Yes, the Oregon State Fair in Salem is finally back, and like any fair maniac, I had to get there on opening weekend this past Sunday, dragging the husband behind me. He’s weird. He doesn’t like the fried food, rigged games, throw-up rides or cakes shaped like Oregon. But he does like the Poultry House and baby pigs. It's enough to build a marriage on.
The fair, which turns 146 this year, has been slowly sprucing itself up over the past few years. Connie Bradley, acting director of the fair, says in the past two years they’ve torn down the old 4-H dorm and a few other decrepit buildings; reroofed the barns; and "painted — a lot." Oregon State University is preserving the windows at the Poultry House, which is on the National Register of Historic Places. And they've also beefed up the concert series.
Fair attendance grew only 2% from 2007 to 2008 (to about 365,000), but Bradley says visitors to county fairs have been strong this year, so she's hoping that's a sign that their numbers will be good. But she adds that concert sales so far are not up to last year's.
The key to the success of the Oregon State Fair and Exposition Center is the other 50 weeks of the year when there is no fair. Bradley plans to boost the marketing of the meeting facilities at the fairgrounds, and plans to create a nonprofit/government rate for those facilities. The fair and expo center are operated by the state's parks and recreation department, which provides $2 million of a $14 million budget. Bradley's goal is to get the fair to be financially self-sustaining as soon as possible.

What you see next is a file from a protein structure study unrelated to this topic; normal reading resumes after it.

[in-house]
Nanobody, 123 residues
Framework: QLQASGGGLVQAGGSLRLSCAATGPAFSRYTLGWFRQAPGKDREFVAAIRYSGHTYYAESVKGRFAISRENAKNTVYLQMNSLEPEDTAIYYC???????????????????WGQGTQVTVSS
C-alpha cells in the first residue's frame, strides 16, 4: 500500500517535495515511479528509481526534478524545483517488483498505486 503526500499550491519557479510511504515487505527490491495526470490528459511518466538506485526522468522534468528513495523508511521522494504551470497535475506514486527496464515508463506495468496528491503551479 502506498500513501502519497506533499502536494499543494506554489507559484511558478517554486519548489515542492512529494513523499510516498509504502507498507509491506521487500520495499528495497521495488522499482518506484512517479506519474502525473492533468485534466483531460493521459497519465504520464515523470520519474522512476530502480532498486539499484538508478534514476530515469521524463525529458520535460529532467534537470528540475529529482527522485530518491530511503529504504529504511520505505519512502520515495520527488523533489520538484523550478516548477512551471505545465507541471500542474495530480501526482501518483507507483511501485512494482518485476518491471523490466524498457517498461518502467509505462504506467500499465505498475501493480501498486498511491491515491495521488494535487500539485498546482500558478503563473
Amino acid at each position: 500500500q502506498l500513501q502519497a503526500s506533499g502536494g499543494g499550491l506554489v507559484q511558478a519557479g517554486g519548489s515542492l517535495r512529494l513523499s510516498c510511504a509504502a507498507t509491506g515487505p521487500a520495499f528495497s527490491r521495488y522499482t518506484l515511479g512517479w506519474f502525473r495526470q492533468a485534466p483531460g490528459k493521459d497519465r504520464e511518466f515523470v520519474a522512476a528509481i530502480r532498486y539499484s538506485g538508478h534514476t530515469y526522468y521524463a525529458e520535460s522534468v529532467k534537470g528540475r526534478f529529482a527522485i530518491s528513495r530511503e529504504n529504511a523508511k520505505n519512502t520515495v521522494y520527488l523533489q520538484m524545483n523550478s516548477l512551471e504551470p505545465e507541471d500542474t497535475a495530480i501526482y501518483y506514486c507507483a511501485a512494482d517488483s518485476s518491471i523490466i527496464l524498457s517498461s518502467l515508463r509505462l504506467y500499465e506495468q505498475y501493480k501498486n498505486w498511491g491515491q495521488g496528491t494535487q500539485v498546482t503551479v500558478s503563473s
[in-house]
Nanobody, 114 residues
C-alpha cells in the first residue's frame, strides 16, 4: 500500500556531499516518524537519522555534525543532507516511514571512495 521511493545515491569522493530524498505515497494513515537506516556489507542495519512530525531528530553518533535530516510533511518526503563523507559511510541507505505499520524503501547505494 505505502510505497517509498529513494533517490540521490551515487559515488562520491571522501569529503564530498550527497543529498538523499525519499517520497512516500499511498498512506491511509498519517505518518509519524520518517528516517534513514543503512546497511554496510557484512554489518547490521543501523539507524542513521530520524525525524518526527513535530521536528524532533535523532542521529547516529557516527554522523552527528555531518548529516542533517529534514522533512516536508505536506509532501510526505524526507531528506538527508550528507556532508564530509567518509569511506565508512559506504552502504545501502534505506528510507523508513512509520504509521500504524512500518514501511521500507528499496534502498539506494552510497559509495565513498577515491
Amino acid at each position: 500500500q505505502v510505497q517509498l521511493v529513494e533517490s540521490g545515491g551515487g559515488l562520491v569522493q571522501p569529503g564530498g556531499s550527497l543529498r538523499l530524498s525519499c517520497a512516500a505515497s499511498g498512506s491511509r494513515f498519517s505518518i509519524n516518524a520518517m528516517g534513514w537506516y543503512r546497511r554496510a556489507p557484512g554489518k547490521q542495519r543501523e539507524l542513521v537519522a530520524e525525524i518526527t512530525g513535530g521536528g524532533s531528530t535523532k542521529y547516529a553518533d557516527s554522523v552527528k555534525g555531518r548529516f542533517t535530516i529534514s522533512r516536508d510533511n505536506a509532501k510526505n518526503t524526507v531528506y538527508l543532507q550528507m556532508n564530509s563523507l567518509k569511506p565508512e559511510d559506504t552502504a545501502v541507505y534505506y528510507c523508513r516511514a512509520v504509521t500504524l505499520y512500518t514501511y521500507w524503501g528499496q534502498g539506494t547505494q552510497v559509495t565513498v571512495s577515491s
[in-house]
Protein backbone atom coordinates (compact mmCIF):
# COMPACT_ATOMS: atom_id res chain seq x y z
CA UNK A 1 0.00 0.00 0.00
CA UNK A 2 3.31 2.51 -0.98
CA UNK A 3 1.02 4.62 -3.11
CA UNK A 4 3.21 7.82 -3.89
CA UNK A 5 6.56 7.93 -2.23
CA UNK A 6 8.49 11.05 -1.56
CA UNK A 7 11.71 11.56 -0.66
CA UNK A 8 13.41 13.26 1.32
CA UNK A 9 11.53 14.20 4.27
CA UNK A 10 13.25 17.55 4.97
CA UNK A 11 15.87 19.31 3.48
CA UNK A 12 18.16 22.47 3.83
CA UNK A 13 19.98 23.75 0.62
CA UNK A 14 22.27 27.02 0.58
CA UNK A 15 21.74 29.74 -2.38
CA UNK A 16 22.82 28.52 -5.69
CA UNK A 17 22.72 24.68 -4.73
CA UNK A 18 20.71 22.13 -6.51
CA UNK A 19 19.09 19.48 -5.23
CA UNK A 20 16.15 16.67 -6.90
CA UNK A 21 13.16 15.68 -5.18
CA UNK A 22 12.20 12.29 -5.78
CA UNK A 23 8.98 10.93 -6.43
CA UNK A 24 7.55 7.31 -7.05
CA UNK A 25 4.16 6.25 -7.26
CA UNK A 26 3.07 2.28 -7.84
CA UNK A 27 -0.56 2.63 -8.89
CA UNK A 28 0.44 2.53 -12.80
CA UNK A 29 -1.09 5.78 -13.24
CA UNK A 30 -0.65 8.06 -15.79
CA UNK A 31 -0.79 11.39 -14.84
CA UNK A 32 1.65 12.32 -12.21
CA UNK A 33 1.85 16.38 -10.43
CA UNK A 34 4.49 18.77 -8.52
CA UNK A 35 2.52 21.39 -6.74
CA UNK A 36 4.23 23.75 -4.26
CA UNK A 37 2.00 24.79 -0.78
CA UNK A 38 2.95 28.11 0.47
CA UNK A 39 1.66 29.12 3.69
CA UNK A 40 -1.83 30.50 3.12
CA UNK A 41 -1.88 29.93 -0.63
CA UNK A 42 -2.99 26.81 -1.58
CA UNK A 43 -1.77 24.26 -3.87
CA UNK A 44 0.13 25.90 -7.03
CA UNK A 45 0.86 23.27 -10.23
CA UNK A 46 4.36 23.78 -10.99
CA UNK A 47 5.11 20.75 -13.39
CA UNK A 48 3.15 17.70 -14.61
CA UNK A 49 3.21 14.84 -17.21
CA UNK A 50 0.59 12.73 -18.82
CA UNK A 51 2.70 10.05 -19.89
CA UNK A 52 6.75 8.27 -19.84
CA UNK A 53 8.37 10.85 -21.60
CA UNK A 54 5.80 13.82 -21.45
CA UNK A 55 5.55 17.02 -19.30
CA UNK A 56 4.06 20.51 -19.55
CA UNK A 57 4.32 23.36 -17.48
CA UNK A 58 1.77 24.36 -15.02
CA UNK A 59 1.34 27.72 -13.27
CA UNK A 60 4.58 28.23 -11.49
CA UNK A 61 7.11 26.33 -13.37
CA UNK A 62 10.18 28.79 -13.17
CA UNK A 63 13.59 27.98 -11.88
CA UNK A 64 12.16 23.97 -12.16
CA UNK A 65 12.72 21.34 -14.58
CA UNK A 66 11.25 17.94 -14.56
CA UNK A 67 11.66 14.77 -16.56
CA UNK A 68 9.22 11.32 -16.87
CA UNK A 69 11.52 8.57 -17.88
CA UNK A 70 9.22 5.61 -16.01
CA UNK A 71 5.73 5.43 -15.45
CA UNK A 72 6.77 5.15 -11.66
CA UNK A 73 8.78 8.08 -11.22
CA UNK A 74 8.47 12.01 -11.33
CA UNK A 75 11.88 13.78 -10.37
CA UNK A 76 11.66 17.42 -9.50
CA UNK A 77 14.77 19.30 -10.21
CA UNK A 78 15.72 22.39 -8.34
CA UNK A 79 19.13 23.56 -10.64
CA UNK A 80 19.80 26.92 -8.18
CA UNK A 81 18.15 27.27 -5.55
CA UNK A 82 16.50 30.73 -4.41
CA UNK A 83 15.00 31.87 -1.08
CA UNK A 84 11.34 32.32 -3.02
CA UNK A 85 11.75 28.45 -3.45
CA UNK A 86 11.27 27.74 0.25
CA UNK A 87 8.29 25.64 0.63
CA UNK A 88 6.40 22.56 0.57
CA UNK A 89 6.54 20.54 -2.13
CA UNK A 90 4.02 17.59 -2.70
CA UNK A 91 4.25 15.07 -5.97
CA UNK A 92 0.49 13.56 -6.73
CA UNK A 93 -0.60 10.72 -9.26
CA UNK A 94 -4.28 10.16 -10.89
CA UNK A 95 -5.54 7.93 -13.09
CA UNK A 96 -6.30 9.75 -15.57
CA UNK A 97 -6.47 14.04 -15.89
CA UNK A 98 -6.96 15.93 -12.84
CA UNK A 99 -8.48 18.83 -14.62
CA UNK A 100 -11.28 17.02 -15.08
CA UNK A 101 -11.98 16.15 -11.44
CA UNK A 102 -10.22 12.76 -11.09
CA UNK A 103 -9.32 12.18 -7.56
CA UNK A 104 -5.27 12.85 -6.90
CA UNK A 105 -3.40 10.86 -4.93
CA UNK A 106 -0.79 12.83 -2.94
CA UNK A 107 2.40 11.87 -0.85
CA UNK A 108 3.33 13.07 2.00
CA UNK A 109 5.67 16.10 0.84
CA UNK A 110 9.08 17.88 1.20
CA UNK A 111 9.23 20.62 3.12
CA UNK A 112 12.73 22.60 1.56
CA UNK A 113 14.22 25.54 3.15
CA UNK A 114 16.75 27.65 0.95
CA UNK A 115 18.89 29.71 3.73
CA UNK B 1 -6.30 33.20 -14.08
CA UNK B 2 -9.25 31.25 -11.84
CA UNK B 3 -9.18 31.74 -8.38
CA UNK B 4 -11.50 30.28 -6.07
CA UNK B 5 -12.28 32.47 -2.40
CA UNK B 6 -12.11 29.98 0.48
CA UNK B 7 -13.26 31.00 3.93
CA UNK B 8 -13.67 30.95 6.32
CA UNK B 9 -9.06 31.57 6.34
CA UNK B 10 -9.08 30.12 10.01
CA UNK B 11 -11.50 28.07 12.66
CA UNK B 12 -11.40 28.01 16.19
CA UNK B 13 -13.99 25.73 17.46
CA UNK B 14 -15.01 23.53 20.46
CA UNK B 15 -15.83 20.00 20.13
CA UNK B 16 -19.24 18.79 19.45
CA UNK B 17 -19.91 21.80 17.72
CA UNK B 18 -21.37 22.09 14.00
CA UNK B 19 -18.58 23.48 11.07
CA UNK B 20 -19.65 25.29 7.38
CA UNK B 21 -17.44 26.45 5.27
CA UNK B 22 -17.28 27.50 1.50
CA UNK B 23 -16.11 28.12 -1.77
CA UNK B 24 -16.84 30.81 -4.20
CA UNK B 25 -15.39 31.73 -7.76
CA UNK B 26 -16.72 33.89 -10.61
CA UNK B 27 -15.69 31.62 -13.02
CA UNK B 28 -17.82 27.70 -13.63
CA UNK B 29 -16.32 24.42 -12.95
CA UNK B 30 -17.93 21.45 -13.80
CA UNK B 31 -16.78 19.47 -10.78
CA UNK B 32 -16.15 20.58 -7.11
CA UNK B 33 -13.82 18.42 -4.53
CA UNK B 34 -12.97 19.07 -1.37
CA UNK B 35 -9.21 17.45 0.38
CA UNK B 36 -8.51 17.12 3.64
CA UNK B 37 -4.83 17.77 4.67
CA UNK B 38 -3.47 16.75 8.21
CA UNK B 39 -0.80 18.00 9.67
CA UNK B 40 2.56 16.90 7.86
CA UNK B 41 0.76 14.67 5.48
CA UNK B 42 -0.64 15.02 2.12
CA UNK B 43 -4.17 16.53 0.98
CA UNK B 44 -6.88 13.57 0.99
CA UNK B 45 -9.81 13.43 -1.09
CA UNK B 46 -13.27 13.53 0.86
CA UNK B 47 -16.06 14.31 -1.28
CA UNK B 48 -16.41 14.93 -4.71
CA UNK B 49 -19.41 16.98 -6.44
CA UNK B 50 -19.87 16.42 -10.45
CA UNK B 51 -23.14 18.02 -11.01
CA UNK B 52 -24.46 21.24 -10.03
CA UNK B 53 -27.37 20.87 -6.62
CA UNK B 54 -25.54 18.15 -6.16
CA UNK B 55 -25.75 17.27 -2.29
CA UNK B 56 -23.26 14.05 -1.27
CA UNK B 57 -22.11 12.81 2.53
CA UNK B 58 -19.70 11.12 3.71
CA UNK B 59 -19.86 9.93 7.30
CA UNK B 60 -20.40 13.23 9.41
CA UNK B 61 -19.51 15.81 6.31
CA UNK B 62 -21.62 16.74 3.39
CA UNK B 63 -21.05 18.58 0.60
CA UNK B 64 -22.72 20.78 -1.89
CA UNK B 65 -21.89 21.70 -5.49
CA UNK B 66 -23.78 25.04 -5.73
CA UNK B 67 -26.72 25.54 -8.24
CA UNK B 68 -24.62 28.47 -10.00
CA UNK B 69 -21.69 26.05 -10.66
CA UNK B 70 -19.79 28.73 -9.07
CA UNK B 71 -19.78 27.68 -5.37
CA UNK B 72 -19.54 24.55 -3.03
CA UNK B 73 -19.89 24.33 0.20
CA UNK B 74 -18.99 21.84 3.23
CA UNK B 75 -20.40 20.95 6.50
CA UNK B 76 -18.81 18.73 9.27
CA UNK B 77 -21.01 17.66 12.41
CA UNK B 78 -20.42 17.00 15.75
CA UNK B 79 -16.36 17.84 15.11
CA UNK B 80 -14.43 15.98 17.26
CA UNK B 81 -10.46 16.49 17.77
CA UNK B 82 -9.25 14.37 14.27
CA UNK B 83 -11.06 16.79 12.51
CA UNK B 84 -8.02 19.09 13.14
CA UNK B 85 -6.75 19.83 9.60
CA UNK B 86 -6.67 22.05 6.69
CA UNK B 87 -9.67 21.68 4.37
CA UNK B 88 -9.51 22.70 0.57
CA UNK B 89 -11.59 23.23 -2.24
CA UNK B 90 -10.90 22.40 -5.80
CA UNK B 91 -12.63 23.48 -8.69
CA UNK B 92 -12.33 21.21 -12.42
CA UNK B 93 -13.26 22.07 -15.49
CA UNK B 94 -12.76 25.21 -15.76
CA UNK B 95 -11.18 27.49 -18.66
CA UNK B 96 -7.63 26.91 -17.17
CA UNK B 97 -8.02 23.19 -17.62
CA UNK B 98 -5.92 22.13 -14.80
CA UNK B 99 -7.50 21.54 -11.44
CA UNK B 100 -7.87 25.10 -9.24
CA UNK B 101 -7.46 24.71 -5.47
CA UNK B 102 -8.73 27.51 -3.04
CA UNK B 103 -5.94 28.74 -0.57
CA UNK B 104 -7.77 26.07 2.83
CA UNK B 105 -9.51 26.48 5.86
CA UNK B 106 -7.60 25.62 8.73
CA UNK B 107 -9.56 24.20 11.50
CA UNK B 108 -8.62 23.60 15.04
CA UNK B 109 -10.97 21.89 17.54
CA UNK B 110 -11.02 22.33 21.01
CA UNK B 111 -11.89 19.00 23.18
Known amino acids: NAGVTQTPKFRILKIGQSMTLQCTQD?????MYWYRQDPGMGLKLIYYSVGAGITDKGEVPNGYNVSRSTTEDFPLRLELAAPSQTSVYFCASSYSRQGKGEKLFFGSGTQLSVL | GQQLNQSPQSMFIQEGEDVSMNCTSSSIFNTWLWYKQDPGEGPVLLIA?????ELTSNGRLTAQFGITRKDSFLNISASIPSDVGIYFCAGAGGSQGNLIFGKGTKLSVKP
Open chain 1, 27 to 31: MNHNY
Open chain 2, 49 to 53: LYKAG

OK, the boring business stuff is now out of the way. Here's some totally cool facts about the fair's 11-day run:
* There are 600 horses, 750 beef cattle, 370 dairy cattle, 520 goats, 1,300 sheep, 370 pigs, 79 llamas, 385 chickens, 113 pigeons, 325 rabbits, 135 guinea pigs, and 99 dogs (in the 4-H dog show). Pups, you need to get a better agent.
* 937,000 cups of soda are consumed, enough to fill an Olympic-sized swimming pool 10 times. (Note: I would up the number of Port-o-Potties if this is true.)
* 250,000 burgers, 633,500 hotdogs, 20,000 ears of corn and 14,000 pounds of yakisoba noodles are devoured. No public stats on the number of fried Twinkies sold were available.
If you've never been, you really need to experience all this first-hand. Get yourself to the fair, have a giant cheese-covered bratwurst and a brick of deep-fried curly fries, and marvel at the prize-winning pumpkins. Maybe take a spin on the Tilt-a-Whirl. You can thank me later, after the Alka-Seltzer.
Robin Doussard is the editor of Oregon Business.